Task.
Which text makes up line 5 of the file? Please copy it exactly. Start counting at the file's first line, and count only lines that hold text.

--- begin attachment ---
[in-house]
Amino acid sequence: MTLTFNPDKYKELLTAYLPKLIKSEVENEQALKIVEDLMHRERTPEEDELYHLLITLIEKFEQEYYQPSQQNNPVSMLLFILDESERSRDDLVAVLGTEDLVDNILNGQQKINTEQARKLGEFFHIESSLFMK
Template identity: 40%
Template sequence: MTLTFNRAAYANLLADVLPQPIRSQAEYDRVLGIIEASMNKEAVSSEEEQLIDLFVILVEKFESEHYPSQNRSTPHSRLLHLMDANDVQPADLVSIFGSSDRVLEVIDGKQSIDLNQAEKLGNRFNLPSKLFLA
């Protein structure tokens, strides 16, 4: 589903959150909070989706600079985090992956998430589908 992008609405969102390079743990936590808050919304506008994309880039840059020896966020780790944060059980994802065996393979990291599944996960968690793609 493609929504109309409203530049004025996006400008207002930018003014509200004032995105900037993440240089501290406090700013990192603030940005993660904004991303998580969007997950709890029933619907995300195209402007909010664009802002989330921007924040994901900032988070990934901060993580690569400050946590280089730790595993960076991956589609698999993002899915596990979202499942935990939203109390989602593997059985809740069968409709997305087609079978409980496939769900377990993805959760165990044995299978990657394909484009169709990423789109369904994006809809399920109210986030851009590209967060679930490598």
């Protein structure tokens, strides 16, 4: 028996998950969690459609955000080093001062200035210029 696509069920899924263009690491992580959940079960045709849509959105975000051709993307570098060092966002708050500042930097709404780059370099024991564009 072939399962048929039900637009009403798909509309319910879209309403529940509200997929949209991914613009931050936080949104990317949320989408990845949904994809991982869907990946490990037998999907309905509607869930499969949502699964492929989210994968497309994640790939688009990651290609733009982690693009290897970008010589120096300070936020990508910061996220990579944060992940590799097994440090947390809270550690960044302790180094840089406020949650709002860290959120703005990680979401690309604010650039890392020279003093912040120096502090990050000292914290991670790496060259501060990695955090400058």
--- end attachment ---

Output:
């Protein structure tokens, strides 16, 4: 589903959150909070989706600079985090992956998430589908 992008609405969102390079743990936590808050919304506008994309880039840059020896966020780790944060059980994802065996393979990291599944996960968690793609 493609929504109309409203530049004025996006400008207002930018003014509200004032995105900037993440240089501290406090700013990192603030940005993660904004991303998580969007997950709890029933619907995300195209402007909010664009802002989330921007924040994901900032988070990934901060993580690569400050946590280089730790595993960076991956589609698999993002899915596990979202499942935990939203109390989602593997059985809740069968409709997305087609079978409980496939769900377990993805959760165990044995299978990657394909484009169709990423789109369904994006809809399920109210986030851009590209967060679930490598």